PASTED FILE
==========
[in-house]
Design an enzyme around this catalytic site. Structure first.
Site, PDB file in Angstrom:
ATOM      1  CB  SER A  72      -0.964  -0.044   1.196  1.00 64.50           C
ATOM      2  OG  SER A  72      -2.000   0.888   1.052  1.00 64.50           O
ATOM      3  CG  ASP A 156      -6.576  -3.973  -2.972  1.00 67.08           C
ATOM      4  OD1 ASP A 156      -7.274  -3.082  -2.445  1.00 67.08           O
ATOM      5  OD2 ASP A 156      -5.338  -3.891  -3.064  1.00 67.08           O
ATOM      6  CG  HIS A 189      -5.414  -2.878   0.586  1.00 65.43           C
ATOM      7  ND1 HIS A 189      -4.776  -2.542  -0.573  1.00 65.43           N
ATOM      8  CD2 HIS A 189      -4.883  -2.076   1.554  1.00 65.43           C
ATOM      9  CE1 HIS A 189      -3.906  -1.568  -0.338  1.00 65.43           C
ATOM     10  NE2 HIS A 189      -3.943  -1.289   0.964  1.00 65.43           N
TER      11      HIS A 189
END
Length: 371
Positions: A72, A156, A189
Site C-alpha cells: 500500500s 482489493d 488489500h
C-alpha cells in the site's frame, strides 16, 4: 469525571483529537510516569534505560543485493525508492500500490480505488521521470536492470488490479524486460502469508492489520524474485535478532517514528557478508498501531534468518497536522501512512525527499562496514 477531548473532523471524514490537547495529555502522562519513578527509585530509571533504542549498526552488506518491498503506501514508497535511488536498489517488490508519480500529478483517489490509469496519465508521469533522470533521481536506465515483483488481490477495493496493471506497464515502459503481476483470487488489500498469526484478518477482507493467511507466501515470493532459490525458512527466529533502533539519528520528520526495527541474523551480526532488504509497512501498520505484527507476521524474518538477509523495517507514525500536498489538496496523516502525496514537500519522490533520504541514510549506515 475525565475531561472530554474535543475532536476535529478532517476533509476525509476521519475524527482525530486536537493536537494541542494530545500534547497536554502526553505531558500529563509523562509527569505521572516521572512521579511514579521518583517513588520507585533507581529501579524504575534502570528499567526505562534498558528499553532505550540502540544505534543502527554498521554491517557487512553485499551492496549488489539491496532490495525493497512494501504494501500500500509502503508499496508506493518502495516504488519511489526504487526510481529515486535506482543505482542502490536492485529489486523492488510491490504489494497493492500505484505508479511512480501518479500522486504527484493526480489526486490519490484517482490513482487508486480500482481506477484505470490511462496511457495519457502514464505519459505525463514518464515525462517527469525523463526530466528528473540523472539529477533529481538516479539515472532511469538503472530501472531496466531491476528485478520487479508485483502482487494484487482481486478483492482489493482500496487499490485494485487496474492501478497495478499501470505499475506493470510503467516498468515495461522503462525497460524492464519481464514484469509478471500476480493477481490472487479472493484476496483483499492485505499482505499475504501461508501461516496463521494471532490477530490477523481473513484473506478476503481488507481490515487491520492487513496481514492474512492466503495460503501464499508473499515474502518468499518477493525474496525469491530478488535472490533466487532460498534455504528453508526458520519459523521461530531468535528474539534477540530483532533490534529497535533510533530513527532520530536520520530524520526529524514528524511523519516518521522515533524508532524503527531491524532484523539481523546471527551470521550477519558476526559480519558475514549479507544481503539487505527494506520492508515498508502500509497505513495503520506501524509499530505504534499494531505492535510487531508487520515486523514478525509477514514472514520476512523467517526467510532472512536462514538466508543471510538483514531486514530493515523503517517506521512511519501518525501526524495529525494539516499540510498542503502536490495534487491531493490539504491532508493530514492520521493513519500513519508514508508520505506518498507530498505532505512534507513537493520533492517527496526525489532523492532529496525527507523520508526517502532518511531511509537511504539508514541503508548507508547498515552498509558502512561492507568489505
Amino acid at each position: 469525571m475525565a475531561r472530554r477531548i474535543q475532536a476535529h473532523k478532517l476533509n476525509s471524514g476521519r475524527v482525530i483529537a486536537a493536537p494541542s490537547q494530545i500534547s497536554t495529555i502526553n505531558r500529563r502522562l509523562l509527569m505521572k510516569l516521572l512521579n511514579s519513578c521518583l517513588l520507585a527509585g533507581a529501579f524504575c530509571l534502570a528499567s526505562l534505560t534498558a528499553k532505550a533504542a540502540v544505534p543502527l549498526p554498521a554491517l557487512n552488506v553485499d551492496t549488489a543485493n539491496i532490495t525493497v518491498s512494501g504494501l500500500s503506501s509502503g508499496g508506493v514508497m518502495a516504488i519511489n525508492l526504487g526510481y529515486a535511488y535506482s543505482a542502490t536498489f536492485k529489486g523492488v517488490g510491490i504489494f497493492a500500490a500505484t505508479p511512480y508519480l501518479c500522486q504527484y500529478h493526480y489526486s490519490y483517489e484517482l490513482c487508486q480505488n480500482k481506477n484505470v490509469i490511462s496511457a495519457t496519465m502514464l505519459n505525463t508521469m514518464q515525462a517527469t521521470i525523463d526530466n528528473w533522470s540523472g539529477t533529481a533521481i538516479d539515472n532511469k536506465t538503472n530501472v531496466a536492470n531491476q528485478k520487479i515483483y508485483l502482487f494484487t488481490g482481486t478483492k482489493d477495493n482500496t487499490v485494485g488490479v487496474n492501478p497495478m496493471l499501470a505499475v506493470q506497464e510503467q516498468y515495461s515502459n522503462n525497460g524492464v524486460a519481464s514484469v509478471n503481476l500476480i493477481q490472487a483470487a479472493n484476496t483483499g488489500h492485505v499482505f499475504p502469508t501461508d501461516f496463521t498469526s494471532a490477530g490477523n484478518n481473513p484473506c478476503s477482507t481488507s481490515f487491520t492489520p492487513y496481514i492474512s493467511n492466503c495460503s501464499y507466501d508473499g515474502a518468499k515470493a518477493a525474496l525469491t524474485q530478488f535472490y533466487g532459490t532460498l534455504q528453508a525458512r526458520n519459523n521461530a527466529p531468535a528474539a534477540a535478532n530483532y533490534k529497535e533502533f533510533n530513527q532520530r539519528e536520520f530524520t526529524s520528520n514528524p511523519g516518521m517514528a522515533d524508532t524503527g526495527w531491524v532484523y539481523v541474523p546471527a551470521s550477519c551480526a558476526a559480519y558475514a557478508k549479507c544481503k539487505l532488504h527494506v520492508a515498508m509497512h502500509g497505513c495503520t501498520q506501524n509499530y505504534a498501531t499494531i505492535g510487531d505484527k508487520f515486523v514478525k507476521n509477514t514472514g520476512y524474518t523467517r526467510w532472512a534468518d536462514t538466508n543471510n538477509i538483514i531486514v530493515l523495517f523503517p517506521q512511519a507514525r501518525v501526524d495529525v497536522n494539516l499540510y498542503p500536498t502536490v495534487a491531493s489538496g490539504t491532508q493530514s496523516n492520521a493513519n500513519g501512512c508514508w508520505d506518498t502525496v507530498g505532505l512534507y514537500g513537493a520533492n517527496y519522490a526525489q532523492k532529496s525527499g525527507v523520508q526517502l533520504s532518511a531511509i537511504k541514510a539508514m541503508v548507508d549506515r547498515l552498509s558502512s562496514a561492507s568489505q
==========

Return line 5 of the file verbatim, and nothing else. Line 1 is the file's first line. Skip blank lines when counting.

ATOM      2  OG  SER A  72      -2.000   0.888   1.052  1.00 64.50           O